Executive Director Examines how Recommendations from President’s Council of Advisors on Science & Technology Affects Florida

Manufacturing Day and Month are now over for 2014, but we at FLATE plan to continue our work to change the perception students and parents have about careers in manufacturing as well as work on getting today’s current advanced manufacturing topics into the actual secondary and post-secondary technical programs. To support our own efforts in Florida and to provide ongoing momentum for manufacturing in our country, last week the President’s Council of Advisors on Science and Technology provided to the Executive Office of the President (EOP) a roadmap for action. The executive summary of the report outlines recommendations in three categories (pillars): (1) Enabling Innovation (with 5 recommendations); (2) Securing the Talent Pipeline (with 4 recommendations), and (3) Improving the Business Climate (with 2 recommendations).  A final ”implementation” recommendation is that the National Economic Council (EC) and Office of the Science and Technology Policy (OSTP) provide guidance as to the role of the EOP in coordinating the government’s role and the roles of various federal agencies for the implementation of the recommendations.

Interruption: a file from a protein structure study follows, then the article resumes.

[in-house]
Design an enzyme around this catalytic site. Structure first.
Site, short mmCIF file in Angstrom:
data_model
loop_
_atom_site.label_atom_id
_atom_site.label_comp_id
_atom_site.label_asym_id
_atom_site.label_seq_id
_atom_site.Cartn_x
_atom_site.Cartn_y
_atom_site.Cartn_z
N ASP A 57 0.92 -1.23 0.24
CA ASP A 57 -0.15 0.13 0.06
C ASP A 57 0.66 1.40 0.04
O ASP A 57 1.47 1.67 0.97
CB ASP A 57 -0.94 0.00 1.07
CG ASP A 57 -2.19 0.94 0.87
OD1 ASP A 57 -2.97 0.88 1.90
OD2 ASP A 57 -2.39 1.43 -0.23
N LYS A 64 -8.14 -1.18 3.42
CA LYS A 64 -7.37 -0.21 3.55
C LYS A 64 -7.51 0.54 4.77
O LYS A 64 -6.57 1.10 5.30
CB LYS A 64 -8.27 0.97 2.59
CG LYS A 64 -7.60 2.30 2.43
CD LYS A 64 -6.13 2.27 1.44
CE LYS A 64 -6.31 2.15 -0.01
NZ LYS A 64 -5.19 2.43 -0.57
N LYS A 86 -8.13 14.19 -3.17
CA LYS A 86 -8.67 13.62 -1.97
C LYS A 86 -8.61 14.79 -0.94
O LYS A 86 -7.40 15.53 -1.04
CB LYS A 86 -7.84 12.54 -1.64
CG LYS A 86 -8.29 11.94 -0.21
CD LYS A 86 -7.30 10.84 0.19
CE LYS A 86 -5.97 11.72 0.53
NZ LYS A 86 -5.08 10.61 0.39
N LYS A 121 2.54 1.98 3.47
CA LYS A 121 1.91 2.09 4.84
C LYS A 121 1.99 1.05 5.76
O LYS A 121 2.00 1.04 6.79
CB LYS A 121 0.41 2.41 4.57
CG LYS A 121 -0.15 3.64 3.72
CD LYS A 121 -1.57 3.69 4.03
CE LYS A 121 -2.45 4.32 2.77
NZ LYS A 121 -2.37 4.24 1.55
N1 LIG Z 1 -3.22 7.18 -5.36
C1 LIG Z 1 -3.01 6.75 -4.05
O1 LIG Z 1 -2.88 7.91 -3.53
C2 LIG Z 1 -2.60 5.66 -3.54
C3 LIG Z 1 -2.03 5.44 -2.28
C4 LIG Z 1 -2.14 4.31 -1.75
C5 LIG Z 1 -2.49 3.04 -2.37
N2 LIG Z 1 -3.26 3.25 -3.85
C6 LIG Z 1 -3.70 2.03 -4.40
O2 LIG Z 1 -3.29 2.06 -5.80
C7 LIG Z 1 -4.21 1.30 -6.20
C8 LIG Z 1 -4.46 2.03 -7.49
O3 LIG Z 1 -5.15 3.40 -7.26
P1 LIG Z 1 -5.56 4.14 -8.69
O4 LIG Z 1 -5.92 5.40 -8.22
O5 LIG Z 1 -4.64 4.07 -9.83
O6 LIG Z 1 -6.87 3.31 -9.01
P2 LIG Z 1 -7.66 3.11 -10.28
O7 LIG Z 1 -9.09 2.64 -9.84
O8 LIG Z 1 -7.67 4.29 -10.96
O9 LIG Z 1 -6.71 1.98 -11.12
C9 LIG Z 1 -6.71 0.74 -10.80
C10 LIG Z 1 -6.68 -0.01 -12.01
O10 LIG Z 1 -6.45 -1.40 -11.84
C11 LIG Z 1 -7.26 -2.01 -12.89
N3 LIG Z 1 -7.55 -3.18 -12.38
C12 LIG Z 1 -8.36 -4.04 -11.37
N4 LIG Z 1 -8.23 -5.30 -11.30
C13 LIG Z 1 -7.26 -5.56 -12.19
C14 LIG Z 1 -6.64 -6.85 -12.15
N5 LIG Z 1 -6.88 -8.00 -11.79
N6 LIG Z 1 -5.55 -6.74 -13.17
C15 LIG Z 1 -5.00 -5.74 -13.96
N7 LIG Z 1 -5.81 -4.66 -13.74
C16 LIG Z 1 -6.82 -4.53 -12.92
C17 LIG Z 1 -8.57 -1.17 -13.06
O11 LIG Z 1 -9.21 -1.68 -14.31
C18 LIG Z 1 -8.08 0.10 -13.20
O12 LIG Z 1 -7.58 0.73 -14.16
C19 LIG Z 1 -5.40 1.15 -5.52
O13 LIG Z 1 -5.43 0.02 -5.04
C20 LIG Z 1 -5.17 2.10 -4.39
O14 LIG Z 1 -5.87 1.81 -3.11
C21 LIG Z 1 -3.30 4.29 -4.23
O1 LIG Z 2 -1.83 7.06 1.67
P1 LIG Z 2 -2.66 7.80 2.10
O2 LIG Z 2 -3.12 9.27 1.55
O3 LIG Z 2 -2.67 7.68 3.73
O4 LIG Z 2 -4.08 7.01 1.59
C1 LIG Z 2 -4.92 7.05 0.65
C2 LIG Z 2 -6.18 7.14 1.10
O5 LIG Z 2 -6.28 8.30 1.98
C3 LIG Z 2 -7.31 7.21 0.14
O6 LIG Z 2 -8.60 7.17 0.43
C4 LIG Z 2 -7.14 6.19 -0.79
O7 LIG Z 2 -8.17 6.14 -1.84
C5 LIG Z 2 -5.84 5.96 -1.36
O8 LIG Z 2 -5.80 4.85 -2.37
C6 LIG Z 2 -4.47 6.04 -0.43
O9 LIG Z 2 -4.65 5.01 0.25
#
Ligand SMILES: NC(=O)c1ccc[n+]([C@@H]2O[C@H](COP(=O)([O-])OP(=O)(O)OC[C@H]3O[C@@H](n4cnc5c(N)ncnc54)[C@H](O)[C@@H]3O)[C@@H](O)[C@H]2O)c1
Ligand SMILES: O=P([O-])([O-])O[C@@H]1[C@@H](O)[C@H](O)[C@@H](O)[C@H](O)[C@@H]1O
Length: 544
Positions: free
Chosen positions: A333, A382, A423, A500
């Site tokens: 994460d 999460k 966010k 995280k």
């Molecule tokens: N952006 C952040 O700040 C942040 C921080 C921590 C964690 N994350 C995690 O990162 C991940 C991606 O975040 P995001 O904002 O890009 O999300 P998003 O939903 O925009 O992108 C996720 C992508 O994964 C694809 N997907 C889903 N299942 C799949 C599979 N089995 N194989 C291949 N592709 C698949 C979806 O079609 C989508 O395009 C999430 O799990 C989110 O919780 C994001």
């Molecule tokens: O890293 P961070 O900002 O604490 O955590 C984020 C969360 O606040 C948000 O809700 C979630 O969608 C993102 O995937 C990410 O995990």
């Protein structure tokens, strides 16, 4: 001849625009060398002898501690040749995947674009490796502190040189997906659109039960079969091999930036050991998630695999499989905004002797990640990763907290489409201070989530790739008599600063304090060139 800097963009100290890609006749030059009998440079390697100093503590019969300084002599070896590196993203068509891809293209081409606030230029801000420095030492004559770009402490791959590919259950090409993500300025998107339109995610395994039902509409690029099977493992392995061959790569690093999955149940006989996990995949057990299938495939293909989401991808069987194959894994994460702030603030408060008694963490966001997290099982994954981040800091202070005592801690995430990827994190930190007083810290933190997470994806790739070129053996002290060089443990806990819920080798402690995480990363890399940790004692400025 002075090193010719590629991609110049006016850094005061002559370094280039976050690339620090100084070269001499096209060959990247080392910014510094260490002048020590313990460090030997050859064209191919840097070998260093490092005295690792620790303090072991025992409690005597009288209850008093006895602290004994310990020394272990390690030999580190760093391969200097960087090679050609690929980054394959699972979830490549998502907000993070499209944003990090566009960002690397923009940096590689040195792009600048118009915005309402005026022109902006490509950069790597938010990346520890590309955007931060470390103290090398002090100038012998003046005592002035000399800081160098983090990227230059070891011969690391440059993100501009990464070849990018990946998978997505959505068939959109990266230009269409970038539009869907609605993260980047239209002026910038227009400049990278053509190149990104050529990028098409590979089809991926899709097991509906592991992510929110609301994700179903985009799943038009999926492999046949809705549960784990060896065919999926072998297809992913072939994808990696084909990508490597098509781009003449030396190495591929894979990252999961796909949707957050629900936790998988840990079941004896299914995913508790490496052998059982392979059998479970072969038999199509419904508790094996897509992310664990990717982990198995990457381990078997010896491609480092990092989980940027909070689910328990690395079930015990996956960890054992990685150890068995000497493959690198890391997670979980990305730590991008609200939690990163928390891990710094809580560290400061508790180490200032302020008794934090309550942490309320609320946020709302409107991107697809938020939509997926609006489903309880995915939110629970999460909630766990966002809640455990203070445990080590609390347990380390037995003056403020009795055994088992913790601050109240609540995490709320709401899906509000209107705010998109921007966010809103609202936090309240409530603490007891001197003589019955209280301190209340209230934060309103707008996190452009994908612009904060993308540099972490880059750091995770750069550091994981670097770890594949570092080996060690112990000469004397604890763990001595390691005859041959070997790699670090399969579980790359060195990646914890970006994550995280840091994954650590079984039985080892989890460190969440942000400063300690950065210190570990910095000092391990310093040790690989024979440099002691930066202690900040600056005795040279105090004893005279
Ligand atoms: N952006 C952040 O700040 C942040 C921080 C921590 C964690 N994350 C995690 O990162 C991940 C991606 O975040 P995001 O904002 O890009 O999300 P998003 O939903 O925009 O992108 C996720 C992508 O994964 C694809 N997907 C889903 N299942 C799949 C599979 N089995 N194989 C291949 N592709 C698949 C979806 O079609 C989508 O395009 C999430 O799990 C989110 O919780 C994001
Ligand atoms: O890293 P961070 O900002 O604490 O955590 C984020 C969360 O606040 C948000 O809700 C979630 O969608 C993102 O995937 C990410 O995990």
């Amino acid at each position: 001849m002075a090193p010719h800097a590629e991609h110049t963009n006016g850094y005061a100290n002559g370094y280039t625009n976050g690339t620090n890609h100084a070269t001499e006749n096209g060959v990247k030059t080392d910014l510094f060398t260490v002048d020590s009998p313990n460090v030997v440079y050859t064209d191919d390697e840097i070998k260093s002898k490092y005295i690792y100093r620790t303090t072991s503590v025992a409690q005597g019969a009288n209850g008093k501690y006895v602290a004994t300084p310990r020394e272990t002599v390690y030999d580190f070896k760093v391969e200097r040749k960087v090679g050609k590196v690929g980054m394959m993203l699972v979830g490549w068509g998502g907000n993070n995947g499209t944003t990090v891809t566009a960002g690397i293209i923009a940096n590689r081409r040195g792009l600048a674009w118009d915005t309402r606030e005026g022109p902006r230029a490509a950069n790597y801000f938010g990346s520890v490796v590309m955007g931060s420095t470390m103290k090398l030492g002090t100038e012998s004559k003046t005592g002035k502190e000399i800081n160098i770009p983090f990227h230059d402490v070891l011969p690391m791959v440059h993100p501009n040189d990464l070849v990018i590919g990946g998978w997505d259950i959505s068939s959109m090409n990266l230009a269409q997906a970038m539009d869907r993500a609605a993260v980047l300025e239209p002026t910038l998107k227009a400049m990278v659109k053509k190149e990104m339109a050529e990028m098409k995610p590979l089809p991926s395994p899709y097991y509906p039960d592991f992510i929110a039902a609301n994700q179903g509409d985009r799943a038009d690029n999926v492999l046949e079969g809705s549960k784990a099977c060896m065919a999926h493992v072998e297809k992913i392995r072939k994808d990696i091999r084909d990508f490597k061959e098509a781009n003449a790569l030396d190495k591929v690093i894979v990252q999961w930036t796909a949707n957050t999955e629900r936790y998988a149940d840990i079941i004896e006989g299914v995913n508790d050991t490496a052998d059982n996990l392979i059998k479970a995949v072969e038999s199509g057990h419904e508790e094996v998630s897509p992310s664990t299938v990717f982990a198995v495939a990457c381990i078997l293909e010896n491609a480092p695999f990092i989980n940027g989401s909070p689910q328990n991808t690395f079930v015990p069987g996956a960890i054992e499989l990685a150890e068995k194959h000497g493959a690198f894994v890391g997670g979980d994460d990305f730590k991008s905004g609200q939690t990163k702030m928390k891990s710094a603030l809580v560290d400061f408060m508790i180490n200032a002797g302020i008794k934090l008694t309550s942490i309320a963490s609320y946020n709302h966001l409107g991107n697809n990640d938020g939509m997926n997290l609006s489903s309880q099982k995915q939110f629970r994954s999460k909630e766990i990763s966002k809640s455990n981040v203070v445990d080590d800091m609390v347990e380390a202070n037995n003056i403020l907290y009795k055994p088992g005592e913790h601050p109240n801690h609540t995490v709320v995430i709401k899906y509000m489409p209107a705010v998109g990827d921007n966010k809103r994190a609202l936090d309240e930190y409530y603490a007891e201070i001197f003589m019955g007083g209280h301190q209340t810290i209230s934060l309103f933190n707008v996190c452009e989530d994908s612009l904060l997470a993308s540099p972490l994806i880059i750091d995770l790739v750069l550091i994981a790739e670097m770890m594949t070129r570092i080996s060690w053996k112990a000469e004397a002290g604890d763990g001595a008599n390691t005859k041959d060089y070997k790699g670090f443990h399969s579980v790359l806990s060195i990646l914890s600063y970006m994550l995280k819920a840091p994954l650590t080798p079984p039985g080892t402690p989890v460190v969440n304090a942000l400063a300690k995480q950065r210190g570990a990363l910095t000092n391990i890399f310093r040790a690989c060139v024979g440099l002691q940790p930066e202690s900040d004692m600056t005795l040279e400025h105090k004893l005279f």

Looking at some of the details, the recommendations for “Enabling Innovation” outlines suggestions to provide infrastructure (including communication) and resources to support all phases of innovation for new products, technologies, and manufacturing processes. Recommendations to support an improved manufacturing business climate focus on optimizing stakeholder interactions and communications about markets, supply chains, technologies etc., and increasing access to capital investments. Closer to home and our work at FLATE, are the recommendations of the Talent Pipeline pillar.